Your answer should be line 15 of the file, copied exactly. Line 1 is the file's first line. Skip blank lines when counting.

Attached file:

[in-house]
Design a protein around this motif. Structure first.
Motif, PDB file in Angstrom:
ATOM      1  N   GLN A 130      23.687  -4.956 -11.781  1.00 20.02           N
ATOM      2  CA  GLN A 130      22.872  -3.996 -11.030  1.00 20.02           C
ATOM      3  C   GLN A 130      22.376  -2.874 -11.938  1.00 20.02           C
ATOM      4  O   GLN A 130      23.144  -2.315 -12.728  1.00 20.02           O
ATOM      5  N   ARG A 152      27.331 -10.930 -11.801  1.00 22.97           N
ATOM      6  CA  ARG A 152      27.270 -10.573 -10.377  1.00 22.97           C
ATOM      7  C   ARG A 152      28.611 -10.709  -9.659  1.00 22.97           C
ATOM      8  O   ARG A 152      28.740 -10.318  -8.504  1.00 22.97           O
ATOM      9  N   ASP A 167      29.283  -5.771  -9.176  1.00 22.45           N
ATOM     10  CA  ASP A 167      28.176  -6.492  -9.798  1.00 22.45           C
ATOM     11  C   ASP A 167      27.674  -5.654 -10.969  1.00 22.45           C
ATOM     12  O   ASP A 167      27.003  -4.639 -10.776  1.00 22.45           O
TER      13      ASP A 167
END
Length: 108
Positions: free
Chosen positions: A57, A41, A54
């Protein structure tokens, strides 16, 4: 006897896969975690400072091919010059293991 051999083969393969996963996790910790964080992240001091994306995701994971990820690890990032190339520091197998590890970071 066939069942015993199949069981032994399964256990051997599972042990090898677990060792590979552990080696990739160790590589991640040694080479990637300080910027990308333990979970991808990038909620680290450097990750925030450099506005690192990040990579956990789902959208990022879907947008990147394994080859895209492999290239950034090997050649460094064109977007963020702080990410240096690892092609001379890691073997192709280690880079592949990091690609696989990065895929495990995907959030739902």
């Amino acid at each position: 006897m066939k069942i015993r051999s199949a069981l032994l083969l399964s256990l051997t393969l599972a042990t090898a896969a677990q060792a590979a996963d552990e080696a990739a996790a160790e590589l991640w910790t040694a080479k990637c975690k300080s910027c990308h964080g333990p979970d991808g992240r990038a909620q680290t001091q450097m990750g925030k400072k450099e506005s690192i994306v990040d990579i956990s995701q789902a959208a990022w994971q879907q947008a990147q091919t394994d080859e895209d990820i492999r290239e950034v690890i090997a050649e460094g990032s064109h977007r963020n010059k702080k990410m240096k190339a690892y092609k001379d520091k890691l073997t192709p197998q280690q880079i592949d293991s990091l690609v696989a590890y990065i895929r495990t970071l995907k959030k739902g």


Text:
ATOM     12  O   ASP A 167      27.003  -4.639 -10.776  1.00 22.45           O